I HAVE told you that little Lib was a delicate child, and that she grew more and more fragile and weak as the summer went on. In the hot, dry days of August she drooped like a thirsty flower, and her strength failed very fast. Her voice, though still sweet and clear, lost its shrillness, and one had to draw very close to the little speaker that he might not lose a word of the stories she told. Aunt Jane York often came out to us now, anxious and fussy, talking fretfully of and to little Lib, feeling the small hands and feet to see if they were cold, and drawing the shawl closer around the wasted form. I know she loved the little girl, and perhaps she wished now that she had shown that love more tenderly. She talked freely, in the very presence of the child, of her rapid decline and the probability that she would not "last long." Lib said nothing concerning her own condition, and showed no sign of having heard her aunt's comments. But one day, when Miss York, after speaking very freely and plainly of the child's approaching end, had gone indoors, Lib announced, in a low, sweet voice, a new story.
Once there was a boy that was dreadful scaret o' dyin'. Some folks is that way, you know; they ain't never done it to know how it feels, and they 're scaret. And this boy was that way. He wa' n't very rugged, his health was sort o' slim, and mebbe that made him think about sech things more. 'T any rate, he was terr'ble scaret o' dyin'. 'T was a long time ago this was,—the times when posies and creaturs could talk so 's folks could know what they was sayin'.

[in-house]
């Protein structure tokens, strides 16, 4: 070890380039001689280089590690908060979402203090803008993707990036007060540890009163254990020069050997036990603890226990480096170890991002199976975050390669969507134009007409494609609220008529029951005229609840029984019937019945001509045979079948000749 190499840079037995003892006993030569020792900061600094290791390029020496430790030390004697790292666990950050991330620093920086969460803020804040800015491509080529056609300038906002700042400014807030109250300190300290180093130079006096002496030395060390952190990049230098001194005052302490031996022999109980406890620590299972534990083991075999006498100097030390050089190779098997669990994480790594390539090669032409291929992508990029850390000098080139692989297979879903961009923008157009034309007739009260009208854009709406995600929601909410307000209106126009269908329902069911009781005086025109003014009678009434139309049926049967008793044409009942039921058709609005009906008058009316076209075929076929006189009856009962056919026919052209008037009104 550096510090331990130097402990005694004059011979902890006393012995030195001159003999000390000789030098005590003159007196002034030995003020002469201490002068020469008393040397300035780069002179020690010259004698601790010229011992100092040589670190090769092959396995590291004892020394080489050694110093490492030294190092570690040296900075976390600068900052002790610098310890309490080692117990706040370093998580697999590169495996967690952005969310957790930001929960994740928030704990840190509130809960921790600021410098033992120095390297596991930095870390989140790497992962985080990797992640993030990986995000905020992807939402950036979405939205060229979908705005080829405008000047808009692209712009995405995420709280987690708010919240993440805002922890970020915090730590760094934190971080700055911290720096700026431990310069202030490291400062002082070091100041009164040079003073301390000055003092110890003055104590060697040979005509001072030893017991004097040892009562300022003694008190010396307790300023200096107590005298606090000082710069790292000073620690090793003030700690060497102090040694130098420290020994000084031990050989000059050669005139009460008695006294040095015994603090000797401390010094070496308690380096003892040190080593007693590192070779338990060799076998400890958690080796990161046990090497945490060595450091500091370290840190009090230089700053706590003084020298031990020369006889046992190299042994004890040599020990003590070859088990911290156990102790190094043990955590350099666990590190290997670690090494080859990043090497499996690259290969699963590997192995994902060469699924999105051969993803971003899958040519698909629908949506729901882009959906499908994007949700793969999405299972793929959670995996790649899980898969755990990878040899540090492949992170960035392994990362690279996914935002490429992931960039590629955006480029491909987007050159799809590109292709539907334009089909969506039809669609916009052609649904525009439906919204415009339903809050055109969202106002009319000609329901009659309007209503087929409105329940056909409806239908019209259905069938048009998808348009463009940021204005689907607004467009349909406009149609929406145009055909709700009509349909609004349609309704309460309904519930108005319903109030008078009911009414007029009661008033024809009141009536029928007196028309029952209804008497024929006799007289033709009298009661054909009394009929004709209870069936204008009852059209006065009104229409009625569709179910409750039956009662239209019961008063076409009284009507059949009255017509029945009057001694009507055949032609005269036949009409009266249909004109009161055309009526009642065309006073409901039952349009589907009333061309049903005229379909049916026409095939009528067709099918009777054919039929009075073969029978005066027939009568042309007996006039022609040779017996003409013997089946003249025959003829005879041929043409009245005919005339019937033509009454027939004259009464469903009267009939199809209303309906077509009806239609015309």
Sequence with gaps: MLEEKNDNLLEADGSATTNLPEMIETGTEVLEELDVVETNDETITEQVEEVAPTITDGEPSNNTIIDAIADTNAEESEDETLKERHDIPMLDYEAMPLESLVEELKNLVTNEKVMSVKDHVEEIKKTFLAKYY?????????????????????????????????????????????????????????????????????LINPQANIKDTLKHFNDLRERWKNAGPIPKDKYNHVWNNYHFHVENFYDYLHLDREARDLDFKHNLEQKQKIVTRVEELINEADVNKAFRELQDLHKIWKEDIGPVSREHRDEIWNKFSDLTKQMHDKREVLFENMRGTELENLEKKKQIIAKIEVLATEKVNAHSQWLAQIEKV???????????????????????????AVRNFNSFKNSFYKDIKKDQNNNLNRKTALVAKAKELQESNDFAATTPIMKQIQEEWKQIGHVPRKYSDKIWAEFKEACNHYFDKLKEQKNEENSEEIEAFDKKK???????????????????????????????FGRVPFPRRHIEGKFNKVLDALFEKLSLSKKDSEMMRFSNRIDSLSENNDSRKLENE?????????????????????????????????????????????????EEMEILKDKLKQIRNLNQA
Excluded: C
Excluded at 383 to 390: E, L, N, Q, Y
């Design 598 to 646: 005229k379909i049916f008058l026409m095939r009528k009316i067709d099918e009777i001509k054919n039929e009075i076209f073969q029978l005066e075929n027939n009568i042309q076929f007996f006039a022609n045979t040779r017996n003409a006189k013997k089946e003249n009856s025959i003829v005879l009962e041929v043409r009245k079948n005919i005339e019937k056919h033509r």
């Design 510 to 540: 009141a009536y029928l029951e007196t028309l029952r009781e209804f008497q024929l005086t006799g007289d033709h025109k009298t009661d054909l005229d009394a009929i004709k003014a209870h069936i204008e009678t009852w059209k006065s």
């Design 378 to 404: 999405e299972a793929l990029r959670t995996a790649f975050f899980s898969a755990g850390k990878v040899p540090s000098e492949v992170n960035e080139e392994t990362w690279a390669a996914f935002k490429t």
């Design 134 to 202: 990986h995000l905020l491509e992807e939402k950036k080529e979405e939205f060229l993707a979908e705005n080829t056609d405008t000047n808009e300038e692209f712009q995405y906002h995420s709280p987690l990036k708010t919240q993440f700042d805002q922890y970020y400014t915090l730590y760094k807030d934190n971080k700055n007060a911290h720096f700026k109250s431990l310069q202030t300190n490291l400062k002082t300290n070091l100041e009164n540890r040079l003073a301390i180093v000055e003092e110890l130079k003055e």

And one day, as this boy, his name was Reuben,—I forget his other name,—as Reuben was settin' under a tree, an ellum tree, cryin', he heerd a little, little bit of a voice,—not squeaky, you know, but small and thin and soft like,—and he see 't was a posy talkin'. 'T was one o' them posies they call Benjamins, with three-cornered whitey blowths with a mite o' pink on 'em, and it talked in a kind o' pinky-white voice, and it says, "What you cryin' for, Reuben?" And he says, " 'Cause I 'm scaret o' dyin'," says he; "I 'm dreadful scaret o' dyin'." Well, what do you think? That posy jest laughed,—the most cur'us little pinky-white laugh 't was,—and it says, the Benjamin says: "Dyin'! Scaret o' dyin'? Why, I die myself every single year o' my life." "Die yourself!" says Reuben. "You 're foolin'; you 're alive this minute." " 'Course I be," says the Benjamin; "but that 's neither here nor there,—I 've died every year sence I can remember." "Don't it hurt?" says the boy. "No, it don't," says the posy; "it 's real nice. You see, you get kind o' tired a-holdin' up your head straight and lookin' peart and wide awake, and tired o' the sun shinin' so hot, and the winds blowin' you to pieces, and the bees a-takin' your honey. So it 's nice to feel sleepy and kind o' hang your head down, and get sleepier and sleepier, and then find you 're droppin' off. Then you wake up jest 't the nicest time o' year, and come up and look 'round, and—why, I like to die, I do." But someways that did n't help Reuben much as you 'd think. "I ain't a posy," he think to himself, "and mebbe I would n't come up."